Mobile Photography and Art – A Picture’s Worth with Louise Whiting
‘A Picture’s Worth‘… is where we ask mobile photographers that have created powerful mobile photography/art to explain the processes they took. This includes their initial thoughts as to what they wanted to create, why they wanted to create it, how they created it, including all apps used and what they wanted to convey. We also ask these incredible artists to explain their emotions and how the image projects those feelings. We have published a few A Picture’s Worth articles recently, if you have missed those – please go here.
In this A Picture’s Worth today we asked Louise Whiting to tell us more about her image featured here. Whiting has detailed her thoughts below, we think you’ll find this invaluable…
“I tend to use my iPhone for self portraits, its usually charged and ready to go at any time. I’m quite a spontaneous person and I don’t set time aside to create, my feelings at any given time dictate what I do photographically. Sometimes I just want to wander and take photos of anything that interests me and other times I just know I want to create something meaningful. Most of my self portraits are an expression of me, there is something of myself in all of them, they are an emotional representation, not necessarily physical. I struggle sometimes with how they’re perceived but at the end of the day I create them for myself, they help me make sense of things…I think some people can ‘see’ them, I hope so anyway.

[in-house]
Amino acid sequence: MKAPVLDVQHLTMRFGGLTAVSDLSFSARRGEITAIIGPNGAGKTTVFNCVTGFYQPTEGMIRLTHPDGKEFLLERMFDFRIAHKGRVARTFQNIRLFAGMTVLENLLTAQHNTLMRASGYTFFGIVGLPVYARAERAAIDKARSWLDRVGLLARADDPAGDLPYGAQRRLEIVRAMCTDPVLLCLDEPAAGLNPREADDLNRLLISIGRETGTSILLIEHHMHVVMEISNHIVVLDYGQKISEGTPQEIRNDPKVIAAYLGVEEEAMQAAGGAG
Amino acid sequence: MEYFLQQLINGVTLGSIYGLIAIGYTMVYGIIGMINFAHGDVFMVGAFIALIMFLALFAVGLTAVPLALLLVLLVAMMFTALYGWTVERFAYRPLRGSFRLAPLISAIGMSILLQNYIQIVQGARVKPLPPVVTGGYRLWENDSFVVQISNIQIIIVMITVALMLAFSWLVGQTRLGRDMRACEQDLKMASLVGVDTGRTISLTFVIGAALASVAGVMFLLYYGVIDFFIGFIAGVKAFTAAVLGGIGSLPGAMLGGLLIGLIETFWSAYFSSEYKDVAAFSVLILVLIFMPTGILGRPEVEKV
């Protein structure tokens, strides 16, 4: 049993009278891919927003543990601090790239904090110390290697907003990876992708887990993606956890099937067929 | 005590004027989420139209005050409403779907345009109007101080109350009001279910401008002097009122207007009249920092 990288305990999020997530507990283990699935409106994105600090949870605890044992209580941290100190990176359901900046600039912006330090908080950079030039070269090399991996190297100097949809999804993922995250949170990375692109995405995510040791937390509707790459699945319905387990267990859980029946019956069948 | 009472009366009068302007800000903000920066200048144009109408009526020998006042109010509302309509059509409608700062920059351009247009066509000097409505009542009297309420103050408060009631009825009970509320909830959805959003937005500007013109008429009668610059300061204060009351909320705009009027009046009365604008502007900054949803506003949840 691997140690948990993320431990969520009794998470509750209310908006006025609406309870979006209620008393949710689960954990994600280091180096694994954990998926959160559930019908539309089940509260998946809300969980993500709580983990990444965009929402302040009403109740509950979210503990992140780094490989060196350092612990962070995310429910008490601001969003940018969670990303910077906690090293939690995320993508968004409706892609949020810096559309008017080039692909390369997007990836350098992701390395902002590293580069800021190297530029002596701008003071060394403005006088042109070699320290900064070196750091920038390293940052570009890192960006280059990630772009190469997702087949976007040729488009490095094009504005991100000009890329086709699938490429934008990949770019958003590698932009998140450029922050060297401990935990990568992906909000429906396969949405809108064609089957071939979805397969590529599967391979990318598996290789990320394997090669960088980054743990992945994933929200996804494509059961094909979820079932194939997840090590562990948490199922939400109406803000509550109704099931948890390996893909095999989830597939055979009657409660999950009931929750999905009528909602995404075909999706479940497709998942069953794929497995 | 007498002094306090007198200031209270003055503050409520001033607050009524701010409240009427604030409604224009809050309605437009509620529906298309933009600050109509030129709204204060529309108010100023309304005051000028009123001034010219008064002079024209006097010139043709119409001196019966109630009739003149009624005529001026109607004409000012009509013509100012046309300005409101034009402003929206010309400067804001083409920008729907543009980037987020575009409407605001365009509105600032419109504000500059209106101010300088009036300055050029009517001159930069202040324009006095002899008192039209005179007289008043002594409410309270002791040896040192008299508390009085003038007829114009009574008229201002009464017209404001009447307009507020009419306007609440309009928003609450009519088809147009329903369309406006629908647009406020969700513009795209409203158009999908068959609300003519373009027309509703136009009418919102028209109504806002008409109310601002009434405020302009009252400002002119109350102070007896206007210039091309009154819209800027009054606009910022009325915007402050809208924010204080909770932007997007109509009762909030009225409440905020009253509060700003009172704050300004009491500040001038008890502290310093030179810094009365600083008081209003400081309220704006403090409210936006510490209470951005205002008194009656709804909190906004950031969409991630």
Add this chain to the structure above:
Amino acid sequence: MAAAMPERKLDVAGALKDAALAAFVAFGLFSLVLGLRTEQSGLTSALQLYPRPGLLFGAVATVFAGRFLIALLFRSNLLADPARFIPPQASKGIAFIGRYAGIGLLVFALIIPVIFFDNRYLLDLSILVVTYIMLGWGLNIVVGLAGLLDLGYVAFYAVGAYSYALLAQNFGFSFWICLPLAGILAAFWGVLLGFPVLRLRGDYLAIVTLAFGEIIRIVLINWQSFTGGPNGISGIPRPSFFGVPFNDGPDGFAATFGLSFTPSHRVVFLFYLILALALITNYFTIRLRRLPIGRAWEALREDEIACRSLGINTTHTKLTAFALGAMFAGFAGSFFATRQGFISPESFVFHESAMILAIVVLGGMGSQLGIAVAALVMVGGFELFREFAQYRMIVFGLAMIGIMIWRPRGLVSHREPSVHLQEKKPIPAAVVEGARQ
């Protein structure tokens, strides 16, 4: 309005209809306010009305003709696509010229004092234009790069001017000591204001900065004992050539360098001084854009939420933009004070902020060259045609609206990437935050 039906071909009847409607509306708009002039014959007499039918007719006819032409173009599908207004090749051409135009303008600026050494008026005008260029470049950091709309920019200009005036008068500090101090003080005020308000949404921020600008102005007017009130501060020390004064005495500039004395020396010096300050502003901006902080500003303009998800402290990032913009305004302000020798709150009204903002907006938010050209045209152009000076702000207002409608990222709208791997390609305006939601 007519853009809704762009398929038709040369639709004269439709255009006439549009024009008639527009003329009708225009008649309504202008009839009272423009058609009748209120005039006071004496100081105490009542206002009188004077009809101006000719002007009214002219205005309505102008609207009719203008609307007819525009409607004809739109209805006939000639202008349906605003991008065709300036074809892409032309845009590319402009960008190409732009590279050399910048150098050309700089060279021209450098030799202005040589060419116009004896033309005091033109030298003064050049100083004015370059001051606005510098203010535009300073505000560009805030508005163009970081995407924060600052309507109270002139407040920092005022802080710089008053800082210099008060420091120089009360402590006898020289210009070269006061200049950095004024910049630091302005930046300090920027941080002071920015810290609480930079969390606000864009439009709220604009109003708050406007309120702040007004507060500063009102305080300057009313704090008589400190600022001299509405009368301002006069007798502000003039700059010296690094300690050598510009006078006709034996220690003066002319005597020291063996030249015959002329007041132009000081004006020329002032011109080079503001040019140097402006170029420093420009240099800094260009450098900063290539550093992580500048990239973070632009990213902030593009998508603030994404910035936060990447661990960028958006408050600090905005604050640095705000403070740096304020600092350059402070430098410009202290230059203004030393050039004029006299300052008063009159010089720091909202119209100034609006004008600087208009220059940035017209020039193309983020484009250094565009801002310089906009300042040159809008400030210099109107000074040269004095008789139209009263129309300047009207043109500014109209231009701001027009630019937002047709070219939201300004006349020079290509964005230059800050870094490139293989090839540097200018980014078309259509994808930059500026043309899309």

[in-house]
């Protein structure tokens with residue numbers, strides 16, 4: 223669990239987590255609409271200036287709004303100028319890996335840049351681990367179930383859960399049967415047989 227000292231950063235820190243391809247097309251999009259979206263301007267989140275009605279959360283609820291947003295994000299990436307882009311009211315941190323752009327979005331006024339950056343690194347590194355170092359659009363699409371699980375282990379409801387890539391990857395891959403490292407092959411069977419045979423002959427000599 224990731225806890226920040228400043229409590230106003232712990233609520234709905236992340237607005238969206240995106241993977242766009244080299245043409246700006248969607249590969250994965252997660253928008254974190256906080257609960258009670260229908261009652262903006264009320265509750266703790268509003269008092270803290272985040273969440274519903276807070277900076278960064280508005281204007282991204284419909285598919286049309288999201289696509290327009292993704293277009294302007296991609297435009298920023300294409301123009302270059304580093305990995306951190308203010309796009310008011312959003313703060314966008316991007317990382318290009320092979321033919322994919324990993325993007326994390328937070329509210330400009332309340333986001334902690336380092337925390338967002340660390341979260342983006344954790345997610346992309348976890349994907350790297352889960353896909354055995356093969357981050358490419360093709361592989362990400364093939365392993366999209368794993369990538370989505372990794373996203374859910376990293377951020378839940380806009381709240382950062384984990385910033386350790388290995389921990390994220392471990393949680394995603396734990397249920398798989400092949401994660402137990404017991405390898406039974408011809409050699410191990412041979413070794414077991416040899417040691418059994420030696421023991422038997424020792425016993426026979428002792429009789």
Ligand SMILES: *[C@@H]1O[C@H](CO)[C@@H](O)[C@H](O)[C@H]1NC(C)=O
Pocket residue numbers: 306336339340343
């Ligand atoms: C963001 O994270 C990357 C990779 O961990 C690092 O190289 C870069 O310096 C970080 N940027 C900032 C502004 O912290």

There is so much in this image that I could write about but mostly it’s loss, the loss of people, family, animals, pets, friends, even myself, I think it is one of my favourite images.
As with a lot of my self portraits this one was taken with Slow Shutter, I really like the unpredictable effect, the smooth and continuous feeling of movement which I feel can help convey a certain mood.
With this particular portrait I changed the ambiance, deepening shadows and adding contrast in Snapseed, also using Snapseed I converted it to black and white, Snapseed for me is the best way to convert an image to black and white, there’s so much variation using the different colour levels. I always use the ‘Film’ option or the ‘Noir’ without grain, I prefer to add my own grain and other textures if needed in Procreate, I usually use Procreate to emphasise or recreate a part of the portrait that’ has got lost or looks weak, in this case the lower eye water rim and lower lashes, little details like that that make such a difference. Once I had added the textures, in this case I used two, I then went back into Snapseed to do any final adjustments”.
Untitled ©Louise Whiting
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